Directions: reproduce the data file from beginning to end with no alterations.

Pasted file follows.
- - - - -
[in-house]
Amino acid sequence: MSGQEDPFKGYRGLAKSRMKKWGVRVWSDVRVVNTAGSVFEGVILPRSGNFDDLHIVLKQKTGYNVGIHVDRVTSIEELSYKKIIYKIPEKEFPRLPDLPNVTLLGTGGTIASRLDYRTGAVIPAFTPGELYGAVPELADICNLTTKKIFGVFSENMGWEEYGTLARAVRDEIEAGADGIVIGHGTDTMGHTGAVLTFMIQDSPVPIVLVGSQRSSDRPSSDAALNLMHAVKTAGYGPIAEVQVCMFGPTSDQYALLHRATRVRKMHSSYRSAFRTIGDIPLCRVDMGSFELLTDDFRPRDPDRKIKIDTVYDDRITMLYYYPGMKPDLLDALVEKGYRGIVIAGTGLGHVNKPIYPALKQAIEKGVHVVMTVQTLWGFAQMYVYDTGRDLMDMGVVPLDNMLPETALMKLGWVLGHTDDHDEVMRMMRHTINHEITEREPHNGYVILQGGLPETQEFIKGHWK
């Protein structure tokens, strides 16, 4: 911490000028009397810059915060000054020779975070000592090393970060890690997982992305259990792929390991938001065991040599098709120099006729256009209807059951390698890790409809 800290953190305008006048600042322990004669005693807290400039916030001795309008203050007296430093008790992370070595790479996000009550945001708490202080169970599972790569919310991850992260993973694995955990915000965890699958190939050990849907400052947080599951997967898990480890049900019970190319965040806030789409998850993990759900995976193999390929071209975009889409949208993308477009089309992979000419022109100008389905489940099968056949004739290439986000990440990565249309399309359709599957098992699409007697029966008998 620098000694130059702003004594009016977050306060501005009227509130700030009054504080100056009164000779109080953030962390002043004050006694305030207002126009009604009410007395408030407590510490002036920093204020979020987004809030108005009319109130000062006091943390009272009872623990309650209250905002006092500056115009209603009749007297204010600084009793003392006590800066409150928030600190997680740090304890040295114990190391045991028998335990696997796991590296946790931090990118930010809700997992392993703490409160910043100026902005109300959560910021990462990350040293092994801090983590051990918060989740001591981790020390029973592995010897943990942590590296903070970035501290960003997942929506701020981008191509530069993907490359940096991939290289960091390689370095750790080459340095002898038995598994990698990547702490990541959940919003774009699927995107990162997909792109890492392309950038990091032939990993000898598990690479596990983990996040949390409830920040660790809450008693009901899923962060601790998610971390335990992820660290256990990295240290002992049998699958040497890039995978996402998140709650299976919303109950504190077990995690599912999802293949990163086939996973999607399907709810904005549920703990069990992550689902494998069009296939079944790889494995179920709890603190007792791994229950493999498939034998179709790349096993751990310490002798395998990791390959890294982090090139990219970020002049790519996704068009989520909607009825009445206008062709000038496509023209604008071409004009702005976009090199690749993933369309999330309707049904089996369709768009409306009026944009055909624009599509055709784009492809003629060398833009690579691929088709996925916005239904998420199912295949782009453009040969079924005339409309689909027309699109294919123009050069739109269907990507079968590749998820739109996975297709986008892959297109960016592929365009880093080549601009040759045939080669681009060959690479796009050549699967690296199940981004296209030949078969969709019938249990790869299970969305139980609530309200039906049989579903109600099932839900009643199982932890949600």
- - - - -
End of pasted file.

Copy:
[in-house]
Amino acid sequence: MSGQEDPFKGYRGLAKSRMKKWGVRVWSDVRVVNTAGSVFEGVILPRSGNFDDLHIVLKQKTGYNVGIHVDRVTSIEELSYKKIIYKIPEKEFPRLPDLPNVTLLGTGGTIASRLDYRTGAVIPAFTPGELYGAVPELADICNLTTKKIFGVFSENMGWEEYGTLARAVRDEIEAGADGIVIGHGTDTMGHTGAVLTFMIQDSPVPIVLVGSQRSSDRPSSDAALNLMHAVKTAGYGPIAEVQVCMFGPTSDQYALLHRATRVRKMHSSYRSAFRTIGDIPLCRVDMGSFELLTDDFRPRDPDRKIKIDTVYDDRITMLYYYPGMKPDLLDALVEKGYRGIVIAGTGLGHVNKPIYPALKQAIEKGVHVVMTVQTLWGFAQMYVYDTGRDLMDMGVVPLDNMLPETALMKLGWVLGHTDDHDEVMRMMRHTINHEITEREPHNGYVILQGGLPETQEFIKGHWK
């Protein structure tokens, strides 16, 4: 911490000028009397810059915060000054020779975070000592090393970060890690997982992305259990792929390991938001065991040599098709120099006729256009209807059951390698890790409809 800290953190305008006048600042322990004669005693807290400039916030001795309008203050007296430093008790992370070595790479996000009550945001708490202080169970599972790569919310991850992260993973694995955990915000965890699958190939050990849907400052947080599951997967898990480890049900019970190319965040806030789409998850993990759900995976193999390929071209975009889409949208993308477009089309992979000419022109100008389905489940099968056949004739290439986000990440990565249309399309359709599957098992699409007697029966008998 620098000694130059702003004594009016977050306060501005009227509130700030009054504080100056009164000779109080953030962390002043004050006694305030207002126009009604009410007395408030407590510490002036920093204020979020987004809030108005009319109130000062006091943390009272009872623990309650209250905002006092500056115009209603009749007297204010600084009793003392006590800066409150928030600190997680740090304890040295114990190391045991028998335990696997796991590296946790931090990118930010809700997992392993703490409160910043100026902005109300959560910021990462990350040293092994801090983590051990918060989740001591981790020390029973592995010897943990942590590296903070970035501290960003997942929506701020981008191509530069993907490359940096991939290289960091390689370095750790080459340095002898038995598994990698990547702490990541959940919003774009699927995107990162997909792109890492392309950038990091032939990993000898598990690479596990983990996040949390409830920040660790809450008693009901899923962060601790998610971390335990992820660290256990990295240290002992049998699958040497890039995978996402998140709650299976919303109950504190077990995690599912999802293949990163086939996973999607399907709810904005549920703990069990992550689902494998069009296939079944790889494995179920709890603190007792791994229950493999498939034998179709790349096993751990310490002798395998990791390959890294982090090139990219970020002049790519996704068009989520909607009825009445206008062709000038496509023209604008071409004009702005976009090199690749993933369309999330309707049904089996369709768009409306009026944009055909624009599509055709784009492809003629060398833009690579691929088709996925916005239904998420199912295949782009453009040969079924005339409309689909027309699109294919123009050069739109269907990507079968590749998820739109996975297709986008892959297109960016592929365009880093080549601009040759045939080669681009060959690479796009050549699967690296199940981004296209030949078969969709019938249990790869299970969305139980609530309200039906049989579903109600099932839900009643199982932890949600």